- Paperback: 317 pages
- Publisher: Harvest House Pub (August 1995)
- Language: English
- ISBN-10: 1565073231
- ISBN-13: 978-1565073234
- Product Dimensions: 1 x 5.5 x 8 inches
- Shipping Weight: 13.6 ounces
- Average Customer Review: 2.5 out of 5 stars See all reviews (8 customer reviews)
- Amazon Best Sellers Rank: #478,985 in Books (See Top 100 in Books)
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Only God Can Heal the Wounded Heart Paperback – August, 1995
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Top Customer Reviews
Bulkley's key point that the idea of "recovered memories" is not only misused, but has done incalculable damage to many lives, is perfectly valid. It seems superfluous to argue the point considering that contemporary psychology/counselling has long-since moved on. But the point is valid and I suppose there are still some people around who need to hear it.
First, the fictional story woven throughout the text places the opposing view in a bad light. Ultimately, the device is simply a dishonest use of fiction. By using a fictional character to slander his opponent, the author avoids both direct critique and the responsibility to back up his claims with referenced quotations and careful argument. The entire development of the fictional character is one prolonged straw man. The author then finally and forever lays to rest this dastardly straw man. Little actual citation or argument is needed courtesy of the fiction device.
Second, the book is one sustained false dichotomy. Either the reader must side with the far extreme of neo-Freudian psychoanalytic theory sans Scripture or he can go to God. A balanced approach to psychology, counselling, and human existence is never contemplated.
Third, the author thinks like an abuser. Every horrible cliché that plagues the reputation of the Christian church on this topic, this book is. In an incident addressed on p.Read more ›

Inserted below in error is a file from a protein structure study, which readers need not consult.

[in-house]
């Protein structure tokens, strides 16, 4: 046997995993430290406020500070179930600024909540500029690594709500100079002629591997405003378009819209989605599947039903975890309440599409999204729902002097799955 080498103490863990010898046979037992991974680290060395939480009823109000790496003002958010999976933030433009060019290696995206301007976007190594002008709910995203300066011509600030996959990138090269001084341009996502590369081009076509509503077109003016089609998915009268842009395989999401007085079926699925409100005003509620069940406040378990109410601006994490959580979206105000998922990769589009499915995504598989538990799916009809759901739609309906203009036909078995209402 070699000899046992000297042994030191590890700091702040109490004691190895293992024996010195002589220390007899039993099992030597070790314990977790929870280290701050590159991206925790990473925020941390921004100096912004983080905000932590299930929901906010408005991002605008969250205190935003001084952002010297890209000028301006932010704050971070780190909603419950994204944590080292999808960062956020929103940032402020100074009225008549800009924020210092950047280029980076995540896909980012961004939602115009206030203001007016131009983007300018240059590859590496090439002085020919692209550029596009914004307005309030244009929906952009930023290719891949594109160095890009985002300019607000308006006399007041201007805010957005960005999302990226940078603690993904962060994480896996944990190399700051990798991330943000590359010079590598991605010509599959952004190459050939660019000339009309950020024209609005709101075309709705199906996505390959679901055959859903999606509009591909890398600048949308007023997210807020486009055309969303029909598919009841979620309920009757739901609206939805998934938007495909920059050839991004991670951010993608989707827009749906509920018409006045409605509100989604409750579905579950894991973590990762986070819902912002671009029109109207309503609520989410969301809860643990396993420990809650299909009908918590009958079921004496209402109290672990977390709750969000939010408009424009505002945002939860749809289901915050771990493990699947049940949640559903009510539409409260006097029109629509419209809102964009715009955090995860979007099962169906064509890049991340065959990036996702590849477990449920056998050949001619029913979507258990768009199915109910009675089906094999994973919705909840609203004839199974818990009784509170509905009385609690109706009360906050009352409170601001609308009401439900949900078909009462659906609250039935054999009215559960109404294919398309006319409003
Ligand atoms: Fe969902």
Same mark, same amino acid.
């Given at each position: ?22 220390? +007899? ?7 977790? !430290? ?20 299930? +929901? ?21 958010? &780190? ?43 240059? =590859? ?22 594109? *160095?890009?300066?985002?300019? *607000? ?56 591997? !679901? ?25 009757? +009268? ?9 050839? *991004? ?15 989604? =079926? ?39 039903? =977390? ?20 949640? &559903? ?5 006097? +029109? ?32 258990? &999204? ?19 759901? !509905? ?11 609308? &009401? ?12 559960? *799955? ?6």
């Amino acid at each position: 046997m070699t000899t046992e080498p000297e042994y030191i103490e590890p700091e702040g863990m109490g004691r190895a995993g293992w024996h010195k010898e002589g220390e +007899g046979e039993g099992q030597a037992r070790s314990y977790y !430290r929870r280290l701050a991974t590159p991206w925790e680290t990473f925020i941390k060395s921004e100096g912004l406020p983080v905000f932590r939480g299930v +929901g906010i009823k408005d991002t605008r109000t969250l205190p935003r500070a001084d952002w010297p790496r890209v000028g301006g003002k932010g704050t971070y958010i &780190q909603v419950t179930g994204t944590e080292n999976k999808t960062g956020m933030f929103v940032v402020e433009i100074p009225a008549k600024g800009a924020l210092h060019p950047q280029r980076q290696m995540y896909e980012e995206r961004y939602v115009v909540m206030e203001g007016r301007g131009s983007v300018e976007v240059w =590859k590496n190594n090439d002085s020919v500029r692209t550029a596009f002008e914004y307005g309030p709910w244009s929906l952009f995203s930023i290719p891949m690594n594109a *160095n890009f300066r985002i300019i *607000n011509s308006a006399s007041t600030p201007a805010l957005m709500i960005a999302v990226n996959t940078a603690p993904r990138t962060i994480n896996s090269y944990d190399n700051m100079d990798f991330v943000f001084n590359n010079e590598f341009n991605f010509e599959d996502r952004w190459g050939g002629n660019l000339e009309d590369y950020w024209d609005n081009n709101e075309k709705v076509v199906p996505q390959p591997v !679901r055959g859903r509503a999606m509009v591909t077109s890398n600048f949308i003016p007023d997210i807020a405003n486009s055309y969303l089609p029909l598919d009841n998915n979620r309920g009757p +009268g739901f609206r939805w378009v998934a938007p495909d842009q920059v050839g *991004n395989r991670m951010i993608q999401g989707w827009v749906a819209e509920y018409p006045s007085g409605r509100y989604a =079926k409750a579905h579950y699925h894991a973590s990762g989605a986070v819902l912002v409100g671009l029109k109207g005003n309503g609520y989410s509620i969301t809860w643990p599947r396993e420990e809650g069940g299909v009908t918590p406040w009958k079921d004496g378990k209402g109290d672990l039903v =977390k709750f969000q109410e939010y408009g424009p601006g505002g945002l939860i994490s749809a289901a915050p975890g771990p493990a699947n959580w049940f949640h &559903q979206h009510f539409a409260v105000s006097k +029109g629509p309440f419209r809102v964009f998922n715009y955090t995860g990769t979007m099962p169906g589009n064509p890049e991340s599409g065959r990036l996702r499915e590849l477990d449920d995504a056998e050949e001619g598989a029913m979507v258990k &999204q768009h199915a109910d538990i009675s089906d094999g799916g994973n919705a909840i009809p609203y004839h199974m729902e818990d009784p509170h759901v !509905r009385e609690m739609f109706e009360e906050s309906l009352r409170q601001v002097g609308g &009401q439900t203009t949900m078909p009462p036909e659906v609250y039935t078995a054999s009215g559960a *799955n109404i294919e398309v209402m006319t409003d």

Is it any wonder that Bulkley's "PhD" is a correspondence doctorate from a non-recognized school? Bulkley's arguments are almost universally dismissed by scholarly conservative evangelicals in the counseling field today.
Dr. Jim Beck, Professor of Counseling at Denver Seminary, writes: "The worst offenders are those authors who not only take an anti-integration position but more specifically an anti-psychology position. Authors who recklessly seek to dismiss the entire clinical wing of psychology as well as all of its scientific production (Bobgan & Bobgan, 1989; Bulkley, 1993) must use contorted and contrived arguments to make their points. Their misunderstanding of basic social science, their selective use of outdated material, their dismissive attitude to the significant contribution psychology has made to ministry and church life in general are all embarrassments to evangelicals who strive to serve Christ within the mental health professions."
Most Recent Customer Reviews
The whole stinkin book is about some woman that made up that she was abused and went to some therapist and ended up with a bunch of multiple personalities and left her pastor... Read morePublished on May 22, 2007 by journey
This is a great book that you can read when you have hard times. Keep buy your bead and read at a slow pace.Published on July 6, 2006 by Jason A. Yarbrough
Give this book a thorough read. I highly recommend the methodology of Ed Bulkley.Published on June 19, 2005 by Refuge